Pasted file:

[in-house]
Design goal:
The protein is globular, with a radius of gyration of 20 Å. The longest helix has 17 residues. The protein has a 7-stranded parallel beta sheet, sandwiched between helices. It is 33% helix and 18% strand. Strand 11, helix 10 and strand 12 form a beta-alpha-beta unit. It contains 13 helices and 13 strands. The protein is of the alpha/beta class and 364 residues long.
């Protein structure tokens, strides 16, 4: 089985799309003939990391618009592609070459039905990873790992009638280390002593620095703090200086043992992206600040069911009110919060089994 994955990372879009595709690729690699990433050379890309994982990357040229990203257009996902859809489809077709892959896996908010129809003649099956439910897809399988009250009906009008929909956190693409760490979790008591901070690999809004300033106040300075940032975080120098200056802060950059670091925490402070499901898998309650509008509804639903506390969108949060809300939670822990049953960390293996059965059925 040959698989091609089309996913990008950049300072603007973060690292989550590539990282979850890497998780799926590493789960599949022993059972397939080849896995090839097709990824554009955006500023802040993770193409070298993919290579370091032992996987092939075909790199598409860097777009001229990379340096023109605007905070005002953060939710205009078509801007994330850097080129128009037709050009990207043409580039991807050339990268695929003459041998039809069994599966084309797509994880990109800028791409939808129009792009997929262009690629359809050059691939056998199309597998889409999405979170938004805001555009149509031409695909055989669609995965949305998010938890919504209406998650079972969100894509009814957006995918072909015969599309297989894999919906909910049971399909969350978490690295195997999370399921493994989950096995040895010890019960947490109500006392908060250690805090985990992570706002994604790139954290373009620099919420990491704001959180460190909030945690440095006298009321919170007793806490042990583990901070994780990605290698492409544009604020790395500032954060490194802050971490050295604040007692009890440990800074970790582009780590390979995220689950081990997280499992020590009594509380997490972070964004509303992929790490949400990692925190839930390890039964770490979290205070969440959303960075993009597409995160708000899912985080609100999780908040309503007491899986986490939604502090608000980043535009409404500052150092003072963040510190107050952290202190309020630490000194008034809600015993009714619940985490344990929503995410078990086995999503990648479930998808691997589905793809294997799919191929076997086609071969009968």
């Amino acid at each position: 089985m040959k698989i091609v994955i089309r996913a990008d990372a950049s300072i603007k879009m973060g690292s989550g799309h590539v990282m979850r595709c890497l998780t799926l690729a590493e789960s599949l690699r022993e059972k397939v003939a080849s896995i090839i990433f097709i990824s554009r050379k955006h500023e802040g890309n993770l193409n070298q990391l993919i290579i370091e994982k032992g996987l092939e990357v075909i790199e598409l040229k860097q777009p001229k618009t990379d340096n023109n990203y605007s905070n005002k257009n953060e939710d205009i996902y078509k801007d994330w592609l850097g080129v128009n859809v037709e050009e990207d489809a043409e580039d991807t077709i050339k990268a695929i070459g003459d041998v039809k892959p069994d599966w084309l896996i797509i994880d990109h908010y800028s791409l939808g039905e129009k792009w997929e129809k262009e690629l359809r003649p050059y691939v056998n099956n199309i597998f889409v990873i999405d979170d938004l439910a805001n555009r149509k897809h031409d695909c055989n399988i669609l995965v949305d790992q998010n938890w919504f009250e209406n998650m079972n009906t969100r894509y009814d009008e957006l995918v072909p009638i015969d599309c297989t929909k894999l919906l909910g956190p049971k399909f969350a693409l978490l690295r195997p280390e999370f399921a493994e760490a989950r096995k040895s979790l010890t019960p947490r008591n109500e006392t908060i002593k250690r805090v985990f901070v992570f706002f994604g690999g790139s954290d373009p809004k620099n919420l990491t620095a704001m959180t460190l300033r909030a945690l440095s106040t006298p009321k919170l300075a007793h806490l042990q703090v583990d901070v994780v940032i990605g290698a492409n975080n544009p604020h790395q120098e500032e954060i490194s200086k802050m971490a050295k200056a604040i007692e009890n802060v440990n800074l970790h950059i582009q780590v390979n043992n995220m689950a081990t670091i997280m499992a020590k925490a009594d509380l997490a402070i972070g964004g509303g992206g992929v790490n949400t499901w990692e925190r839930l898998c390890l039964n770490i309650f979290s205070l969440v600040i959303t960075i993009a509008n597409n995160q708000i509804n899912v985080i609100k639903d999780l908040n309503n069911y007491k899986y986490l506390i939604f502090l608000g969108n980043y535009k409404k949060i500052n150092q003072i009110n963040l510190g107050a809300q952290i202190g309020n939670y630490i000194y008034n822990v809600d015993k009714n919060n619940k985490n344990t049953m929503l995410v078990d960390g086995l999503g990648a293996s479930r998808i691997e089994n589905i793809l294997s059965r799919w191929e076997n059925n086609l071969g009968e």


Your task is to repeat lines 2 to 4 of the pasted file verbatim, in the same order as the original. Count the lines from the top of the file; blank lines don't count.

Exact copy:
Design goal:
The protein is globular, with a radius of gyration of 20 Å. The longest helix has 17 residues. The protein has a 7-stranded parallel beta sheet, sandwiched between helices. It is 33% helix and 18% strand. Strand 11, helix 10 and strand 12 form a beta-alpha-beta unit. It contains 13 helices and 13 strands. The protein is of the alpha/beta class and 364 residues long.
């Protein structure tokens, strides 16, 4: 089985799309003939990391618009592609070459039905990873790992009638280390002593620095703090200086043992992206600040069911009110919060089994 994955990372879009595709690729690699990433050379890309994982990357040229990203257009996902859809489809077709892959896996908010129809003649099956439910897809399988009250009906009008929909956190693409760490979790008591901070690999809004300033106040300075940032975080120098200056802060950059670091925490402070499901898998309650509008509804639903506390969108949060809300939670822990049953960390293996059965059925 040959698989091609089309996913990008950049300072603007973060690292989550590539990282979850890497998780799926590493789960599949022993059972397939080849896995090839097709990824554009955006500023802040993770193409070298993919290579370091032992996987092939075909790199598409860097777009001229990379340096023109605007905070005002953060939710205009078509801007994330850097080129128009037709050009990207043409580039991807050339990268695929003459041998039809069994599966084309797509994880990109800028791409939808129009792009997929262009690629359809050059691939056998199309597998889409999405979170938004805001555009149509031409695909055989669609995965949305998010938890919504209406998650079972969100894509009814957006995918072909015969599309297989894999919906909910049971399909969350978490690295195997999370399921493994989950096995040895010890019960947490109500006392908060250690805090985990992570706002994604790139954290373009620099919420990491704001959180460190909030945690440095006298009321919170007793806490042990583990901070994780990605290698492409544009604020790395500032954060490194802050971490050295604040007692009890440990800074970790582009780590390979995220689950081990997280499992020590009594509380997490972070964004509303992929790490949400990692925190839930390890039964770490979290205070969440959303960075993009597409995160708000899912985080609100999780908040309503007491899986986490939604502090608000980043535009409404500052150092003072963040510190107050952290202190309020630490000194008034809600015993009714619940985490344990929503995410078990086995999503990648479930998808691997589905793809294997799919191929076997086609071969009968």